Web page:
Created By: Richard Archer
Panagia Ekatontapiliani (literally the church with 100 doors) is a historic Byzantine church complex. The origin of the church's name is obscure, as it does not have one hundred doors, or gates. One theory suggests that it is a corruption of the name "Katapoliani", i.e. "Lower Town church", as it lies by the sea in the lower part of the town of Parikia.
The church dates to 326. Its oldest features likely predate the adoption of Christianity as the state religion of the Roman Empire in 391. The church was purportedly founded by the mother of the Roman Emperor Constantine the Great (ruled 306–337), Saint Helen, during her pilgrimage to the Holy Land when she stopped to worship at a chapel on the island. Later Justinian is credited for initiating construction on the site as well. The site was badly damaged by an earthquake in the 18th century, but gradually restored. The Ekatontapyliani is a renowned Marian pilgrimage church of the Aegean, second only to the famed Megalochare church on nearby Tinos Island.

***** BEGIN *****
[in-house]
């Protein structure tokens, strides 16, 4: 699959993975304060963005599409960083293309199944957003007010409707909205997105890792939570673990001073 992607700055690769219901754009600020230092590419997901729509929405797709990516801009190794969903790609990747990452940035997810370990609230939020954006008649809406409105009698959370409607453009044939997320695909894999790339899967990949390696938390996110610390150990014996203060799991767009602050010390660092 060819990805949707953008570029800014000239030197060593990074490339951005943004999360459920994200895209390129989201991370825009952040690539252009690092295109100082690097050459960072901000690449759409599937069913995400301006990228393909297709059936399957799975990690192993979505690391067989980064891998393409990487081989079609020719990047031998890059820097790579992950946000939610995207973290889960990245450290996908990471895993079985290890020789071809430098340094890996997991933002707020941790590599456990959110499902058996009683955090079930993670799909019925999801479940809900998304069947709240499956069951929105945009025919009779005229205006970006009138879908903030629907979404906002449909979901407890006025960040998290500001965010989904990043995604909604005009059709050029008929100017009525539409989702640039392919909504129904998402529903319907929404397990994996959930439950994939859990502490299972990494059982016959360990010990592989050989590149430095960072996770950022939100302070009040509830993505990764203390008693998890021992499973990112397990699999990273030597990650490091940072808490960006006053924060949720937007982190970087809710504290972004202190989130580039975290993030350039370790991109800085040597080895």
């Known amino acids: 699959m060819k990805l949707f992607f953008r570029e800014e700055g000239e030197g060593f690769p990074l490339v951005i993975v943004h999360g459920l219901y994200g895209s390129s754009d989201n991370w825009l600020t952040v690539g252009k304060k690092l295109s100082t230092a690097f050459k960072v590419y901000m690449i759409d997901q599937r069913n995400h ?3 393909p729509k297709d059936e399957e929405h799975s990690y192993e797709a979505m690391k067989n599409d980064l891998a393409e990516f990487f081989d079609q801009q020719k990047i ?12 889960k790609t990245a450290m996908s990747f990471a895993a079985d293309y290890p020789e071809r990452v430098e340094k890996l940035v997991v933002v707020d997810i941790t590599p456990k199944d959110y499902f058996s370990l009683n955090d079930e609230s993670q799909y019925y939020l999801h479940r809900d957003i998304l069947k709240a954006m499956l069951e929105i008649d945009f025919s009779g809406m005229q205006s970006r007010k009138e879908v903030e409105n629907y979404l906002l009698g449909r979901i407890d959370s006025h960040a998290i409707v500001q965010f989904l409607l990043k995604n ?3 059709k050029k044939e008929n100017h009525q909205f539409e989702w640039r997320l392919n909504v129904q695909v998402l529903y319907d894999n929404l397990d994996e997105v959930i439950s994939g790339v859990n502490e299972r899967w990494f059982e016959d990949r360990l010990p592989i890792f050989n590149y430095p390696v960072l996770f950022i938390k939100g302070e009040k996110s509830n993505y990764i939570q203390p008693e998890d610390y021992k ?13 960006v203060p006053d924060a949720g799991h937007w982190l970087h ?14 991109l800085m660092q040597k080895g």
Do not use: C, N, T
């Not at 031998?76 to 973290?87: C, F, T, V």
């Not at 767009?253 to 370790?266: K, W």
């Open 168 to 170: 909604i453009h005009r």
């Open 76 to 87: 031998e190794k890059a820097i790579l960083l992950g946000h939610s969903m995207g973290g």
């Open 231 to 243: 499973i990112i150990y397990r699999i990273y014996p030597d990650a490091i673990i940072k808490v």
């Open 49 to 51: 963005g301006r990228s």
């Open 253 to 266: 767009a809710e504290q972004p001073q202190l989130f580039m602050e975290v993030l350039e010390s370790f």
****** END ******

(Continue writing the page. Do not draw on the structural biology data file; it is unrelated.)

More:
Founded by St. Helene and after her death built into a larger church and monastery by her son, Emperor Constantine. A dome was added in the 6th century by Emperor Justinian. Many of its construction materials sourced from the marble ruins of even older temples. Legend is, the church has 99 visible doors, and a 100th door will appear when the Hagia Sophia in Istanbul becomes Orthodox again. In reality, the church has nowhere near 99 doors.
This point of interest is part of the tour: Paros Walking Tour in Parikia